SGA Works to Clarify, Simplify Finance Code


by ShelRandolph

Over the course of the last academic year, the Student Government Association (SGA) has been working diligently at revising and updating the old finance code.
The new finance code, which passed the Financial Advisory Committee in late January, is set to go into effect next August.
According to Robert Lyons, the co-chair of the committee and First Year Class President, improvements were made to the document last year, but this is a very large, comprehensive
“The main thing we did was to close as many of the loopholes, or gray areas, that we could find. We worked really hard to make a black and white document so it was easier for groups to understand what they could and could not ask for (funding wise),” Lyons said.
Lyons declined to elaborate on what the ‘gray areas’ were.
Ethan Fredrick, co-chair of the Financial Advisory Committee and Second Year Class Senator/SGA Treasurer, added, “We had complicated, vague rules that people weren’t sure what was allowed, so we really wanted to specify so people did know what they could do.”
One of the biggest changes dealt with a shift to an open membership policy, which is one of the requirements to receive funding from SGA. The open membership policy states “any student may join and participate fully unless the student poses a risk to the safety of those participating.”
“We can now fund organizations that are semi-closed membership. We can fund specific events but not the organizations themselves,” Lyons pointed out.
The committee also flushed out and put in writing how SGA appropriates funds to itself. “It’s something we felt would help eliminate controversy, and it makes us responsible to follow our own financial code,” Lyons said.
Lyons explained that SGA internal requests must go through the Financial Advisory Committee, just like every other organization, but without time restrictions.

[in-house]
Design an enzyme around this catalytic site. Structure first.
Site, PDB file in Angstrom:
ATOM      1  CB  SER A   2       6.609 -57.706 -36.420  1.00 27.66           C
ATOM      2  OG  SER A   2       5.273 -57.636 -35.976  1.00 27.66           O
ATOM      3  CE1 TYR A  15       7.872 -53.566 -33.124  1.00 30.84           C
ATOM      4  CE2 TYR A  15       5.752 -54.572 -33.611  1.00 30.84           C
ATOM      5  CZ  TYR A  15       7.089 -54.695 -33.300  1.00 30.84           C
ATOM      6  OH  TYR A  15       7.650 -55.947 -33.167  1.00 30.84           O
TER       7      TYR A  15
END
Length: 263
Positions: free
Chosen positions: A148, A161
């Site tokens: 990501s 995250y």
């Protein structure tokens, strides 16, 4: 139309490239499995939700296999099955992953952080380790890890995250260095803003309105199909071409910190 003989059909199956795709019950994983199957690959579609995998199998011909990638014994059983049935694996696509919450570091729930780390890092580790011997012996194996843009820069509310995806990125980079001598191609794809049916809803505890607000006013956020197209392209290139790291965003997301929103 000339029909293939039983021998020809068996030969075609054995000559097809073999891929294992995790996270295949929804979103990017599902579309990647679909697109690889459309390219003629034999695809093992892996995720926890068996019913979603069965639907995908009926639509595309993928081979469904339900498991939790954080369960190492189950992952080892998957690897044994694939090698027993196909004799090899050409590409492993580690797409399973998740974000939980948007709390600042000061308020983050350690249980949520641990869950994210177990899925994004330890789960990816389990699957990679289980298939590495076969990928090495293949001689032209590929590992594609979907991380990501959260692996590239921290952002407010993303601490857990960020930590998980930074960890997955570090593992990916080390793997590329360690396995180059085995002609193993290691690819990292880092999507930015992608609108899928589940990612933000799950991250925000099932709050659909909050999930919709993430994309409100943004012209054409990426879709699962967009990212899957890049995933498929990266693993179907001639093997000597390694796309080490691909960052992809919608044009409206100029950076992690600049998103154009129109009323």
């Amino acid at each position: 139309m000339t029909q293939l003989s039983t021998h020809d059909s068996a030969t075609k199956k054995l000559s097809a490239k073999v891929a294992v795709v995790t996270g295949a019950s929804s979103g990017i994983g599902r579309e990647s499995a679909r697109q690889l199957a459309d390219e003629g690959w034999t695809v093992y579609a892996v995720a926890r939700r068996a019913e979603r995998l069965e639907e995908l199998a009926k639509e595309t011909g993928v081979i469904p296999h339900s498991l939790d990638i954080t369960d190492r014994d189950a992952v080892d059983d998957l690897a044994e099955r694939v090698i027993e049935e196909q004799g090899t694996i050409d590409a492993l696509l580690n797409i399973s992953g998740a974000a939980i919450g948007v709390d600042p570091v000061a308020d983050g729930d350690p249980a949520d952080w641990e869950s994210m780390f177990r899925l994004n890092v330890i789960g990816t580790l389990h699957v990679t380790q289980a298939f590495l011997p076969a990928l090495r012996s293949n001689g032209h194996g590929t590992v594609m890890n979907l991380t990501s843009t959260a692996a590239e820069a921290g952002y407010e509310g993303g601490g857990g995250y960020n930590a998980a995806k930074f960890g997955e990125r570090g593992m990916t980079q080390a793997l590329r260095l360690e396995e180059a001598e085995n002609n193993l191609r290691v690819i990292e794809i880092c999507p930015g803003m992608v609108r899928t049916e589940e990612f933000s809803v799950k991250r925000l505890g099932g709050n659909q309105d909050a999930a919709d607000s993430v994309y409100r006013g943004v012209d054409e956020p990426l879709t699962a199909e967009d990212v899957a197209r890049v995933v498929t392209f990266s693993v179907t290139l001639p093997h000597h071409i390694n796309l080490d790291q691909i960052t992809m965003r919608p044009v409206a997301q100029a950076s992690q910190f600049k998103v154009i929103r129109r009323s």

Formalized guidelines regarding student salaries and payments were also included in the revision process. Fredrick claimed that the “whatever we think” method was becoming problematic and that fairness was often compromised.
“In the past, it has been a case-by-case basis for whether students would get paid for their offices or not, like CAB president or something like that,” Fredrick said.
The new code states that those receiving salaries must be an affiliate of Tier 1 organizations: they
receive a lot of funding and are very active throughout the year (i.e. CAB, RLC, Intramurals).
They must also be viewed as an essential member of the group, such as a person planning a campus event. All requests regarding salaries and payments must then be approved by SGA.
Fredrick also made sure to specify that these are salaried per month, rather than hourly-wage
Also included at the tail-end of the document is acknowledgements and guidelines, a sort of “guidebook” that SGA can refer to.
“It includes things that are often unclear, and also makes reference to some past decisions SGA  “Spring budget procedures have been sort of informal in the past, and we’re looking to make them, not formal, but more structured, people know what to expect coming in,” Fredrick said.


Fredrick added that it is possible that problems with the new code could arise following the upcoming meeting, but he is fairly confident that the improvements will help fix some of the issues that organizations have presented to the committee in the past.


“It’s our job as the SGA to help give funds, and make it as easy and friendly as possible,” Lyons said. “Everyone put loads and loads of hours into this.”